Resignations From The Lds Church
One of the main parties to this phenomenon, the online legal service QuitMormon, has processed over 30,000 resignations for former members of the church. The site, run by Mark Naugle and Ryan Sorensen, enables members of the church to retain legal counsel that represents them in the proceedings required to remove ones name from official church records.
Many reach out to QuitMormon out of desperation, Sorensen says. Some who tried to leave by way of quiet inactivity find its hard to get the church to leave them alone, Sorensen says. Between missionaries stopping by and members of the bishopric, youre basically a project. If youre inactive, there is a list and people are told you need to be activated.
But for others, resigning is an act of symbolic protest because they know their names are being reported, and dont want to be counted and dont want to be part of this, Sorensen says.
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A Site Created By Mormon Church Members
On MormonChurch.com, you will find articles written by average members of the Mormon Church, which is a common nickname for The Church of Jesus Christ of Latter-day Saints. Our purpose is to share our beliefs with others and to establish a site where honest inquiries can be answered. This is not an official Church site. The official Church websites are lds.org and mormon.org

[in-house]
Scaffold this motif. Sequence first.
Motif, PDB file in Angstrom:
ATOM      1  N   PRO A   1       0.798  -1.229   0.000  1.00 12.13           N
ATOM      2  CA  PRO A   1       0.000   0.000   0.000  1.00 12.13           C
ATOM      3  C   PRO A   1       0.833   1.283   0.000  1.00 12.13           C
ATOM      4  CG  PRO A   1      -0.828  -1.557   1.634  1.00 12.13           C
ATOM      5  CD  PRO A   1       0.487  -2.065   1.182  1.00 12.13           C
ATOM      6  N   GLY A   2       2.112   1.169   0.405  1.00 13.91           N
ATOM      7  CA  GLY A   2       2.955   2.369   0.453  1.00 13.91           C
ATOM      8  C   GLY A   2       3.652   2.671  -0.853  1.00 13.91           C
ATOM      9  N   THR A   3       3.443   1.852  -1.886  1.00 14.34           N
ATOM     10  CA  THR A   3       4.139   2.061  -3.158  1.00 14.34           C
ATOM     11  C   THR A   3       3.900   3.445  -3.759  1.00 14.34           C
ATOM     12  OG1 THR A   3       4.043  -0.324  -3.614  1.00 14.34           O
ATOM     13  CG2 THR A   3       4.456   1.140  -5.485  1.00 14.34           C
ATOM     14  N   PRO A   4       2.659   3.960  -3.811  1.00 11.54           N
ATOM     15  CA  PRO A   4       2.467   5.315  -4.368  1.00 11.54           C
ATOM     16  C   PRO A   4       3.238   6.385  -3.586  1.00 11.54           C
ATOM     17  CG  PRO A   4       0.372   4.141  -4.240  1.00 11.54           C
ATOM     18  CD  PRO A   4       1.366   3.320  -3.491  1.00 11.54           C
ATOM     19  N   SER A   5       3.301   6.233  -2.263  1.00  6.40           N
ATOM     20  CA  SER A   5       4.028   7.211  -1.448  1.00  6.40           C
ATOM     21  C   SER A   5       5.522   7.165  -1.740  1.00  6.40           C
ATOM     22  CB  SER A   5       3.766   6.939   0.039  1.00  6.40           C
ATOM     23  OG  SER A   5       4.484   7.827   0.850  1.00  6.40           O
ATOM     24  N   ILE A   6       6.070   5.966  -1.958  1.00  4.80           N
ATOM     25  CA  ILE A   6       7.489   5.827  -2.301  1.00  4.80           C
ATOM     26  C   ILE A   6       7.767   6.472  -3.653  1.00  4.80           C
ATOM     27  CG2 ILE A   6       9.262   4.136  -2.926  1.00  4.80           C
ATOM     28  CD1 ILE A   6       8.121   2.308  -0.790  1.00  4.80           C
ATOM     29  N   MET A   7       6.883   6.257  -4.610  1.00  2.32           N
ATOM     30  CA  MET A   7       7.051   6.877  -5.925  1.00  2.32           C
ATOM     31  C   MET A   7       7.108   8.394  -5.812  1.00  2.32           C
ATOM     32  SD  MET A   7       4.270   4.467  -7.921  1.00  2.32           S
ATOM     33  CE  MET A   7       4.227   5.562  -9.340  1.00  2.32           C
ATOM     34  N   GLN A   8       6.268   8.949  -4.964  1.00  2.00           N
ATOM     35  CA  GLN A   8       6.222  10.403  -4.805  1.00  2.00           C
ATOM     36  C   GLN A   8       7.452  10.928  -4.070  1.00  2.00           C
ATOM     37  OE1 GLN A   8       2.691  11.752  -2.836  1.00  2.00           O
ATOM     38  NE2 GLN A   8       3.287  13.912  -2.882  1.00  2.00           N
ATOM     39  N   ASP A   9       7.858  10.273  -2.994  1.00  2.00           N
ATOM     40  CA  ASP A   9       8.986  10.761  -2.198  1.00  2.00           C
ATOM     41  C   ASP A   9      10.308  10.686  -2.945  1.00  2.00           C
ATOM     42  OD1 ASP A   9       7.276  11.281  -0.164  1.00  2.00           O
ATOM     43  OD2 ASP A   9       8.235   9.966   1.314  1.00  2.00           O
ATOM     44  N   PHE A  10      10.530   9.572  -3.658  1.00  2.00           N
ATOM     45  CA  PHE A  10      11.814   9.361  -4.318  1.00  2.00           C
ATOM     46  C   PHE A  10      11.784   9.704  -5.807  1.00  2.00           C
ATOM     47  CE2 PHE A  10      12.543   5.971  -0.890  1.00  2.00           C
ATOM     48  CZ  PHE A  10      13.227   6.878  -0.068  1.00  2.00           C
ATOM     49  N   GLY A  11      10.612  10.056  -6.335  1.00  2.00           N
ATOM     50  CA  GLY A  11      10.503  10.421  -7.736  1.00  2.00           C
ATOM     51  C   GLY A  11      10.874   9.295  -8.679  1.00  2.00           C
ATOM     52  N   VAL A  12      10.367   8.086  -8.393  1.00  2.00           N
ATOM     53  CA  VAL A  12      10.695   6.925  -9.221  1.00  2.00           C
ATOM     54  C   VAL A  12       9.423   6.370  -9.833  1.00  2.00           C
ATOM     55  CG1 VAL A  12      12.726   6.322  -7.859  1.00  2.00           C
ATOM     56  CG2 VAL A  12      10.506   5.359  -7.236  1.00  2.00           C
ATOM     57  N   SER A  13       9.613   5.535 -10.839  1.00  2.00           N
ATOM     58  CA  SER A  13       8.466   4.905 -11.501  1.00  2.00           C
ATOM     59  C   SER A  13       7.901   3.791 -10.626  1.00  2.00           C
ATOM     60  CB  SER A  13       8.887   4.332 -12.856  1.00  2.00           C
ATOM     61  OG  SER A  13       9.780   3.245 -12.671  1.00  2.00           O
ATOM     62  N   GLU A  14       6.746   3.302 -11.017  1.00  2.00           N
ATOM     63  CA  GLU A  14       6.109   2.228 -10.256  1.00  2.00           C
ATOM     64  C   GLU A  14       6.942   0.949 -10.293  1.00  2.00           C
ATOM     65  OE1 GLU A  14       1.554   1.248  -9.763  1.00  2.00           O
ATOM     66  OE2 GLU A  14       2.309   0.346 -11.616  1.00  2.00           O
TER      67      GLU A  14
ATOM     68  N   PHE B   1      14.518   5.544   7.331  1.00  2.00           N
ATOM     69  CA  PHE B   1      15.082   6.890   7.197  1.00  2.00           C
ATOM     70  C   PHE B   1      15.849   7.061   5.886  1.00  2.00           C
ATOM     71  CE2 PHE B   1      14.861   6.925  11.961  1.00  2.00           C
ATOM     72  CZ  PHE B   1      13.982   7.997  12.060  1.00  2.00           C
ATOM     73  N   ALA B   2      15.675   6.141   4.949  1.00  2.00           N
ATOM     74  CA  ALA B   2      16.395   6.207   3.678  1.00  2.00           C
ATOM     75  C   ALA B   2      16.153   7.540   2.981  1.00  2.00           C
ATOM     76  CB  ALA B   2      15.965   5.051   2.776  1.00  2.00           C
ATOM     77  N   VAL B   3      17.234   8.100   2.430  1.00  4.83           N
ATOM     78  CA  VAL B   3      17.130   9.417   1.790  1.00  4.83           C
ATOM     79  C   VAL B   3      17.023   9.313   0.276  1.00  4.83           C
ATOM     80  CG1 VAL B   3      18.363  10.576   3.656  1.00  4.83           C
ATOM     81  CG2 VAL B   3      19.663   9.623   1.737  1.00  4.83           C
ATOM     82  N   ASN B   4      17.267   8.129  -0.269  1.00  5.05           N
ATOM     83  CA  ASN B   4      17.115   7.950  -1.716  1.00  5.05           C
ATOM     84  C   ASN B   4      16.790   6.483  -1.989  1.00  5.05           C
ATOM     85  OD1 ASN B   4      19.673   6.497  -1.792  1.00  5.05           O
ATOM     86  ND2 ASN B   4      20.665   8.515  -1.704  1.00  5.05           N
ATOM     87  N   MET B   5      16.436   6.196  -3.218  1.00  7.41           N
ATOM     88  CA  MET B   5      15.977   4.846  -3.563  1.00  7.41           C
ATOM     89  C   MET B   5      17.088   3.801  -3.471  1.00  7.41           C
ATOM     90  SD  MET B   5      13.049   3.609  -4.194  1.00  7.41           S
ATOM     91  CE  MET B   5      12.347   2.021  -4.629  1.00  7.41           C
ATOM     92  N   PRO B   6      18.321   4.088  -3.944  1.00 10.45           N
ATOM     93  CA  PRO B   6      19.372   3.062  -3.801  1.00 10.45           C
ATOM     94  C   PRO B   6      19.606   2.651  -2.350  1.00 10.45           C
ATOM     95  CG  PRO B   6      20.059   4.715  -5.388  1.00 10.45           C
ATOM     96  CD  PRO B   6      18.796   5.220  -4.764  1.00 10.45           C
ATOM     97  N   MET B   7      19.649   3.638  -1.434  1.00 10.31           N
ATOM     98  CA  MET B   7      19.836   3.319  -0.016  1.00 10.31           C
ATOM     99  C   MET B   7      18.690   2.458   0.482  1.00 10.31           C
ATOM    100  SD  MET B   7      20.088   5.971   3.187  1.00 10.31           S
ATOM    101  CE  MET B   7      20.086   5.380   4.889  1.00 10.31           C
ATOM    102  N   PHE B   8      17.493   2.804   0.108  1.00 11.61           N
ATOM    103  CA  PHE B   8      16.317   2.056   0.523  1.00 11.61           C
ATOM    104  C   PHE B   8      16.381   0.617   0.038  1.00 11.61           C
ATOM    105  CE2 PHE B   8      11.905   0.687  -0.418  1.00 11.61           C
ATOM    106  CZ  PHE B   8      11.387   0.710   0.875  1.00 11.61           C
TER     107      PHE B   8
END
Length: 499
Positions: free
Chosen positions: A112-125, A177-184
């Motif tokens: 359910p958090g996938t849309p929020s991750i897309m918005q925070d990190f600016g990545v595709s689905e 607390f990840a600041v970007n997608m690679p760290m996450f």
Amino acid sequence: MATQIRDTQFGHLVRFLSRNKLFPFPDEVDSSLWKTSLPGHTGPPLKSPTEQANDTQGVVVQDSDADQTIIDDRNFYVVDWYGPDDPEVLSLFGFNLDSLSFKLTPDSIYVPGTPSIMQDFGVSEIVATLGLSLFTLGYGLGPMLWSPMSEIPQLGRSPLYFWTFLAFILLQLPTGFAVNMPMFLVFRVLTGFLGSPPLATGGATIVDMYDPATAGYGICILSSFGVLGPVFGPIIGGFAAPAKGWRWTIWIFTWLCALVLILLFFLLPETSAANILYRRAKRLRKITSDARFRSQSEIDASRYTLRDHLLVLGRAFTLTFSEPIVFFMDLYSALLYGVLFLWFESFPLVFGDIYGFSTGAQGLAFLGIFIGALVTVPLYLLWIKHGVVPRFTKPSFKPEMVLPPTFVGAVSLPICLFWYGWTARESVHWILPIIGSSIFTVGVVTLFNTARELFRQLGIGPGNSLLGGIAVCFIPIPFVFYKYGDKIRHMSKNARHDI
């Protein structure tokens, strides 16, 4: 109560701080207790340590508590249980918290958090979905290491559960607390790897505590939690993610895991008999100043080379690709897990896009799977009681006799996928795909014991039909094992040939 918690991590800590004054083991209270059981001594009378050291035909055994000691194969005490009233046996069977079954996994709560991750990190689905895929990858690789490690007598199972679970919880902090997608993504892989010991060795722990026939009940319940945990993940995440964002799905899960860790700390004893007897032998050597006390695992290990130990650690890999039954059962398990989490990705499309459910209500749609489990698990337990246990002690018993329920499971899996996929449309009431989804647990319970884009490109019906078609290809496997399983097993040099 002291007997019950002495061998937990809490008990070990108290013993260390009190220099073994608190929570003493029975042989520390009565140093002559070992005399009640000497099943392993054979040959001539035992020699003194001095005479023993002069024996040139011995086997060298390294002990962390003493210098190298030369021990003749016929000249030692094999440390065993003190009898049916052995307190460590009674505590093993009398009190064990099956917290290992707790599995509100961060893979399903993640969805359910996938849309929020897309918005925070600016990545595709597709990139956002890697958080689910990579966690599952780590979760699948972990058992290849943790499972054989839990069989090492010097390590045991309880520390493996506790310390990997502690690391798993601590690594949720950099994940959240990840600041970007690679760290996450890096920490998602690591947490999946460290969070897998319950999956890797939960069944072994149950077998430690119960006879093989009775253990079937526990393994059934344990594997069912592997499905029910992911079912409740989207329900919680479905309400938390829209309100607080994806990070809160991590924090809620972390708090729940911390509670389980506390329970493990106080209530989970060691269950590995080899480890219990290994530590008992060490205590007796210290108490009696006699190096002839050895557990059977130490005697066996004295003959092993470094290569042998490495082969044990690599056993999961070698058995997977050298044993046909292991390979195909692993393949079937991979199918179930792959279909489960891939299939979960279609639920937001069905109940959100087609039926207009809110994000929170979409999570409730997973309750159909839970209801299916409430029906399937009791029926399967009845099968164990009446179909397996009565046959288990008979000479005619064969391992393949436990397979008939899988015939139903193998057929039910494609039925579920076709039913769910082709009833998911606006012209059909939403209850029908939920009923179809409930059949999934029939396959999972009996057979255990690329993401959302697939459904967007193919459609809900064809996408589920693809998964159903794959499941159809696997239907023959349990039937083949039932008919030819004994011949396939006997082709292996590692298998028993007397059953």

Jesus Christ is the center of Mormon faith and worship. Mormon Church members strive to follow Jesus Christ in all that they do. To emphasize this, the Church has therefore established a website about Jesus Christ.
Your comments and feedback on MormonChurch.com are welcome. Please feel free to contact us.
Duties And Expectations Of Church Members
For members of the church, the greatest commandment is to love God with all their heart and the second is to love others as they love themselves. All other commandments are considered appendages to these great commandments /Matthew#22:37-40″ rel=”nofollow”> Matt 22:37-40). Members are encouraged to pray several times a day, to perform good works, and to read scriptures daily.
Members are expected to donate their time, money, and talents to the church, and those who have participated in the endowment ceremony make an oath to donate all that they have, if required of them, to the Lord. To be in good standing and to enter the church’s temples, church members are asked to tithe their income to the church, which is officially interpreted as 10 percent of annual income. In addition, members are invited to donate monthly charitable “fast offerings” , which are used to help the poor and needy in the community members are also encouraged to make other humanitarian donations through the church.
Church members are permitted to think or believe freely on any issue, but are discouraged from publicly criticizing local leaders or general authorities repeated public criticism of the church or its leaders may subject a person to church discipline for apostasy. The church maintains a Strengthening Church Members Committee which monitors members’ publications and refers critical material to local authorities for possible disciplinary action.
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Why Is Family Life So Central To Latter
- about genealogy and the Mormon archives.